From the sixth surviving Belfast News Letter, Jan 23 1738, Feb 3 1739 in today’s calendar. As the pic shows, right, parts of the paper are damaged and lost, hence the uncertainty as to much of the wording:
By Letters from Dorsetshire, we received the following very melancholly Relation, That one Sunday in Dec. one Geo. Bezant, a Labourer of Kingston, under Woodbury-Hill in that County, went from his Father’s House about Ten in the Morning, pretending to go to Church, but instead thereof he went to an Alehouse, where he staid till Church was over, and then went home, and found his Father and Mother at Dinner; his Mother perceiving he had not been at Church, reproved him for it, and thereupon he stabb’d her in the left Breast, and in the Back; after which he cut his Father’s Throat; the poor old Man run out of the House and his Wife after him, for Help to stop the Bleeding at the Throat, which was no sooner done, but the Blood burst out of his Mouth, and he died immediately, at which Instant his Wife drop’d down by him. The Neighbours coming to their Assistance carried the Woman up Stairs, but she expir’d soon after; they immediately seized the Villainous Parricide, and he is now in Dorchester Goal for the same.
[The opening lines of this tragic report, before the second ‘Church’, are missing, but we know them from an identical report in a 1739 English journal]
ON Thursday, the first Day of February next, at the House of GEORGE SHAW in Tobergill, in the Parish of Donagore, will be SOLD by Publick Cant, for READY MONEY, by Thomas Benjamin Adair, Surviving Trustee for the Children of John [surname unclear], late of [location unclear, short word begins with D], deceas’d Horses, Mares, Black Cattle, Hay, and Household Furniture. Said Cant will begin exactly at Nine of the Clock in the Forenoon. Dated the 12th Day of January, 1738-9.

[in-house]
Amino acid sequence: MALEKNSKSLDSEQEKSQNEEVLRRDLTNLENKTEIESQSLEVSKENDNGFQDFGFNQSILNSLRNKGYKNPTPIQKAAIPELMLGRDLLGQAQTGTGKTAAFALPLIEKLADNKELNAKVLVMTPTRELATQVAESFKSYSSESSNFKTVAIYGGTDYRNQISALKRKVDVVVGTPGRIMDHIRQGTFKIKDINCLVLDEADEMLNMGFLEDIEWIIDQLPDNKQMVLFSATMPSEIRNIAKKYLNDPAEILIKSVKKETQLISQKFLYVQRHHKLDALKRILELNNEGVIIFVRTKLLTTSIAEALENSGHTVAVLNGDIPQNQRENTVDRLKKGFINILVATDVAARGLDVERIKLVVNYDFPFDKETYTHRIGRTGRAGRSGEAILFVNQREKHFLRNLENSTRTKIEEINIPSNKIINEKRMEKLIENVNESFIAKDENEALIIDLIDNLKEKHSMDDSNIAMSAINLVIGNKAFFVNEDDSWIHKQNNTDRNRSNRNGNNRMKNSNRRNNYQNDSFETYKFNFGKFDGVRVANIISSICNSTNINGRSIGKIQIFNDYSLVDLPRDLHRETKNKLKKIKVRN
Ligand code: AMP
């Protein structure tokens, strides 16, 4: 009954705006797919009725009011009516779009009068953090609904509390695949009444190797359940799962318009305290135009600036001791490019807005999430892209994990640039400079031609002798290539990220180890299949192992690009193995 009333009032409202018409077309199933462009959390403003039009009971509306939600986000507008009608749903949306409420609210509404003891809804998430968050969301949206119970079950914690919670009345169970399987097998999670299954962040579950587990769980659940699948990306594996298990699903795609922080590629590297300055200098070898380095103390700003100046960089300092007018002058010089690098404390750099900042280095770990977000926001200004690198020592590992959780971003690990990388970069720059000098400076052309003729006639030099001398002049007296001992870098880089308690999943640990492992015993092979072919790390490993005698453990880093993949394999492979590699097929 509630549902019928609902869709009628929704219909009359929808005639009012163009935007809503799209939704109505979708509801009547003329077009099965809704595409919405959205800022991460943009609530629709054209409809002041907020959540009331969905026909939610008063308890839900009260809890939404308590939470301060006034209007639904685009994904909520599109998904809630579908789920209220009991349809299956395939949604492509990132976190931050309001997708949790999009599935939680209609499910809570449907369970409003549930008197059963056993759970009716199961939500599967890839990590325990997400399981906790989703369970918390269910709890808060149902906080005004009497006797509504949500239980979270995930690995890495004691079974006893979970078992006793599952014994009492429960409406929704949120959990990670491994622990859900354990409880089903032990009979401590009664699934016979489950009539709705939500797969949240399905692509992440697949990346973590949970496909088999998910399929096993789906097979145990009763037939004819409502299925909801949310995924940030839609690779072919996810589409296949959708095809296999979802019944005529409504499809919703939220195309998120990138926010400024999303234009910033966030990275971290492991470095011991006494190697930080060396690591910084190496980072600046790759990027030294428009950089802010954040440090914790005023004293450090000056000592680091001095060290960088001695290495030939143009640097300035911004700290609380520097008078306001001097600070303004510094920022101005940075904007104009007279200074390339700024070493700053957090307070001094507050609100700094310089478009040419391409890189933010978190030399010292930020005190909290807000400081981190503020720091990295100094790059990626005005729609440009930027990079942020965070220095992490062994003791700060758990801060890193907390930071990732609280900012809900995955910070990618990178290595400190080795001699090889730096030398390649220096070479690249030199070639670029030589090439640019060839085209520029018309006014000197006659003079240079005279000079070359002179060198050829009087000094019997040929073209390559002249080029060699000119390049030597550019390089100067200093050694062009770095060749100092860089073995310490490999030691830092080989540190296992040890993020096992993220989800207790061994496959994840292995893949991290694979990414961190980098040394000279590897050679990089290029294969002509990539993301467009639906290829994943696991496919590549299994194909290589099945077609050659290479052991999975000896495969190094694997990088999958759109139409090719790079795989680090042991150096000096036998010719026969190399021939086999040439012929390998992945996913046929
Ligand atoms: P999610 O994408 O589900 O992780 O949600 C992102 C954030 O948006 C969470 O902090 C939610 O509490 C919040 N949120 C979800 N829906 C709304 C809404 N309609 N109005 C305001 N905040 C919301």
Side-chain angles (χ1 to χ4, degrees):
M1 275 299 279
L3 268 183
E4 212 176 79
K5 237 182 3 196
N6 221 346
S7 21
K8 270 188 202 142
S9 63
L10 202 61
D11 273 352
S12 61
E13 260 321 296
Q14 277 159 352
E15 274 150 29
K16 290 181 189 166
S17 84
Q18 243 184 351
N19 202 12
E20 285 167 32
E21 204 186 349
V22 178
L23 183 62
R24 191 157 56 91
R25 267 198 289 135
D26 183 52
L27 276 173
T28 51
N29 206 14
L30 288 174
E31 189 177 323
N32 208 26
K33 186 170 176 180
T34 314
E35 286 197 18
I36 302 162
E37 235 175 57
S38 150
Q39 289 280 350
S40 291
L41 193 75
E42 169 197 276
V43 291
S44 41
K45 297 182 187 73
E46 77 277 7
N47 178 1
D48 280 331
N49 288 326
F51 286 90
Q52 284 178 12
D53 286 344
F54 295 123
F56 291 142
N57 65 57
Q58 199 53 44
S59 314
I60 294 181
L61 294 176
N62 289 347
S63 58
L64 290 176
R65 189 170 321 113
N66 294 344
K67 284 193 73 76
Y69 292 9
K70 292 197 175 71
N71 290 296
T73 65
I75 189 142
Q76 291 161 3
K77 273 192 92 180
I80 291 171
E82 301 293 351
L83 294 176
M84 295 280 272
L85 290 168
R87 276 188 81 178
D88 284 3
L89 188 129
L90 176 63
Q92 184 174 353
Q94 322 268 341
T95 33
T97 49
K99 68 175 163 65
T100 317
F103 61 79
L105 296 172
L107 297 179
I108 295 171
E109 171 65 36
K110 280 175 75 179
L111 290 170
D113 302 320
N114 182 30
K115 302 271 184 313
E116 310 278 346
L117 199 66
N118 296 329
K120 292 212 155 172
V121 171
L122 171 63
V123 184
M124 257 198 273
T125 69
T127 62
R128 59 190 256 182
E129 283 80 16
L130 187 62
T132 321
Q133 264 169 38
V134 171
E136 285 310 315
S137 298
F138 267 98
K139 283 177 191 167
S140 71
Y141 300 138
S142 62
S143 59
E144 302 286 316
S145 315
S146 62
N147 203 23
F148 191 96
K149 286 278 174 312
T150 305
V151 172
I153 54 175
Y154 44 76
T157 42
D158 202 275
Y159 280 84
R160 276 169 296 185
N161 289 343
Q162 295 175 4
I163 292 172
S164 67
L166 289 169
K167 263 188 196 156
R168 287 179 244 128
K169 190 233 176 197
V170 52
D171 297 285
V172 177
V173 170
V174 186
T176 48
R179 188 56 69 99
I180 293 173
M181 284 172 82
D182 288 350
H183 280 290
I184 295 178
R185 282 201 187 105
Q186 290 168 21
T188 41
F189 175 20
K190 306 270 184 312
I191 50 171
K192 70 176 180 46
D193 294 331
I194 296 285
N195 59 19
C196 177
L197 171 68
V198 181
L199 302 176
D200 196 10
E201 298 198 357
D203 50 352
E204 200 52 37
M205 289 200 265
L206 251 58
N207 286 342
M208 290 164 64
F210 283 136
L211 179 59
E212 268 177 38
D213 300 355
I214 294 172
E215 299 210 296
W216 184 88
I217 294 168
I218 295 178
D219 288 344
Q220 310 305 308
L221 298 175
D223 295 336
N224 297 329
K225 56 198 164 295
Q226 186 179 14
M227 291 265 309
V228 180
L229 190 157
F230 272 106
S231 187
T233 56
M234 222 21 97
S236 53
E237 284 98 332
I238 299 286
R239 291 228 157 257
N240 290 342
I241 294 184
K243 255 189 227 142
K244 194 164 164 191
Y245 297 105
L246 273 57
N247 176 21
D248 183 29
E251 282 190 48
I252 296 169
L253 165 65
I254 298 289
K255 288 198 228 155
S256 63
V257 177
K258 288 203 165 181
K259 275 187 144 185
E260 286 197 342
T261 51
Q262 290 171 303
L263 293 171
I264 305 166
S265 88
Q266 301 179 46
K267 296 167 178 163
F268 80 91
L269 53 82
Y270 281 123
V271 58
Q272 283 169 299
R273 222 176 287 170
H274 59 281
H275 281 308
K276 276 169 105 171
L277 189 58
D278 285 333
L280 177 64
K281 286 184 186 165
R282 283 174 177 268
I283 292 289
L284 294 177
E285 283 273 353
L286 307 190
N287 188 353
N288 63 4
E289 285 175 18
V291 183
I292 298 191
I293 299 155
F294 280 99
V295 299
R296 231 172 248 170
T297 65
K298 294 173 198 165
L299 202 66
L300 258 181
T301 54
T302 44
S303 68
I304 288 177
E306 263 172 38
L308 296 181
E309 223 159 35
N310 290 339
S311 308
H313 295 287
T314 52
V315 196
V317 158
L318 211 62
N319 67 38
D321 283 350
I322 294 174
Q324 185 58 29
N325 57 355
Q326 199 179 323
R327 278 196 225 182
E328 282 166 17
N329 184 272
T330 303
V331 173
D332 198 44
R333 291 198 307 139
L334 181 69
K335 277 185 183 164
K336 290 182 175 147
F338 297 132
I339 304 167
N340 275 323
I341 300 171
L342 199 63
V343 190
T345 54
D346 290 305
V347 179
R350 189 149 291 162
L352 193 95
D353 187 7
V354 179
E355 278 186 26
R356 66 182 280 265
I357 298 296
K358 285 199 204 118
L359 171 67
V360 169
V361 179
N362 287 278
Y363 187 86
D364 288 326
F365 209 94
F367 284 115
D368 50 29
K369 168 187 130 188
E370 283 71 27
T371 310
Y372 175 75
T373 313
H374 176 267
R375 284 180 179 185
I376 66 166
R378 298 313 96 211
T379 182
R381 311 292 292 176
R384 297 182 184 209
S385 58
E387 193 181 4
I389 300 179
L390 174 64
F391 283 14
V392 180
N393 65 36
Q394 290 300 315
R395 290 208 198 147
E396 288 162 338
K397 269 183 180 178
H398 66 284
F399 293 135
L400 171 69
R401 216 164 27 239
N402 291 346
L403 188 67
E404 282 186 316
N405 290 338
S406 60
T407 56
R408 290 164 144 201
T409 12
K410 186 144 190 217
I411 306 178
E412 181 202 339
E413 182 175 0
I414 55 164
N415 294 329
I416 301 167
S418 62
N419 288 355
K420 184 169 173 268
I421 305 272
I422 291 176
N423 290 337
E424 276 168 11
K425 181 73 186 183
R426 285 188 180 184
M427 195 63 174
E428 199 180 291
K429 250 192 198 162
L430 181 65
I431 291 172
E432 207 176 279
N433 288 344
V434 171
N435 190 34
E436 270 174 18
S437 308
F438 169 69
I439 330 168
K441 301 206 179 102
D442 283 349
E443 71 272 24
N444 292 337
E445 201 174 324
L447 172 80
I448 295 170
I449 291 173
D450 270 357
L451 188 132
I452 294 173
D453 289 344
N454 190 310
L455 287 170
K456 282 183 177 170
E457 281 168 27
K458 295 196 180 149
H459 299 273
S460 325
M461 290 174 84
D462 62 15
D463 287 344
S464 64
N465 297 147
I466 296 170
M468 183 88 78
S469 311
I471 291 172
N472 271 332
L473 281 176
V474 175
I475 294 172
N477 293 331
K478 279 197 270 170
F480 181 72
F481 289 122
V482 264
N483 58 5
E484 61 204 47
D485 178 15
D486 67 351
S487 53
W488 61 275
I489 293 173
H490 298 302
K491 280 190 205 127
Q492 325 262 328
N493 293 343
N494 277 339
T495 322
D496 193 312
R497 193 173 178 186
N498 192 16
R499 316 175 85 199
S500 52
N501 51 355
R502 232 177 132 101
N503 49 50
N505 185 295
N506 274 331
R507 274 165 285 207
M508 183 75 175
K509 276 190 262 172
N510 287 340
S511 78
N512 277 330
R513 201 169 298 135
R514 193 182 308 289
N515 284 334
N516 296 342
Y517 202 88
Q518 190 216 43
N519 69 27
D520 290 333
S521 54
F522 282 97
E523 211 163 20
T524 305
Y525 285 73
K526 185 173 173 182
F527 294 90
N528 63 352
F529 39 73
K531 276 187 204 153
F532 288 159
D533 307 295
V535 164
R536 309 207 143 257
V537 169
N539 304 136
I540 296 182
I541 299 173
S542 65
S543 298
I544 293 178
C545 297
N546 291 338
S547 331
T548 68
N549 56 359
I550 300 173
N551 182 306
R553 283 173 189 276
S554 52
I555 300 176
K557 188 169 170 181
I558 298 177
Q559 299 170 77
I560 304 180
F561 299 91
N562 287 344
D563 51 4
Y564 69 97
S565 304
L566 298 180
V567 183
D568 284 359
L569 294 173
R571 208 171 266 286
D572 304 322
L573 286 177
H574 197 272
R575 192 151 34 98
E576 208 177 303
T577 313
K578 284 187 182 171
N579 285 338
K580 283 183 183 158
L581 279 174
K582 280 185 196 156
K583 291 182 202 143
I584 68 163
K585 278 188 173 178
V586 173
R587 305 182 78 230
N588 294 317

[This refers to Co Antrim. If you can fill gaps above, call 028 9089 7713 or email firstname.lastname@example.org]
DUBLIN, Jan. 20.
[words missing] died suddenly at his House at St. Stephen’s Greene, the Right Hon. Lieut. Gen. Thomas [words missing] and Commander in Chief of His Majesty’s land forces in this Kingdom, Col. of the [words missing] Regiment of Horse, Lieut. Gen [missing] , Governor of the City of Limerick [missing] member of Parliament for the [section missing] taking of Vigo with the [missing] where he received a [missing] he always complained [section missing] last War in Spain and Poland [missing] with the greatest Reputation [missing] he perfectly understood [missing] always behaved as a great Soldier [missing] He enter’d early into [missing], infantry, being an Engsign the [missing] 168, Capt, Lieut. and Cap [missing] 1690, Lieut Col 1694. Colonel the 10th April [missing] Brigadier [missing] 1706, Major General 1709 and [missing]
[Around half of this report is missing but there are tantalising clues as to the lost sections. It is clearly a glowing account of the life of General Thomas Pearce, who was born in 1670 and fought in the War of Spanish Succession and other conflicts in the early 1700s. The missing reference to 1690 seems to be a promotion that year. Mention of that year, however, is a reminder that older News Letter readers, aged 60+ in 1739, would have remembered the Williamite war including the Battle of the Boyne]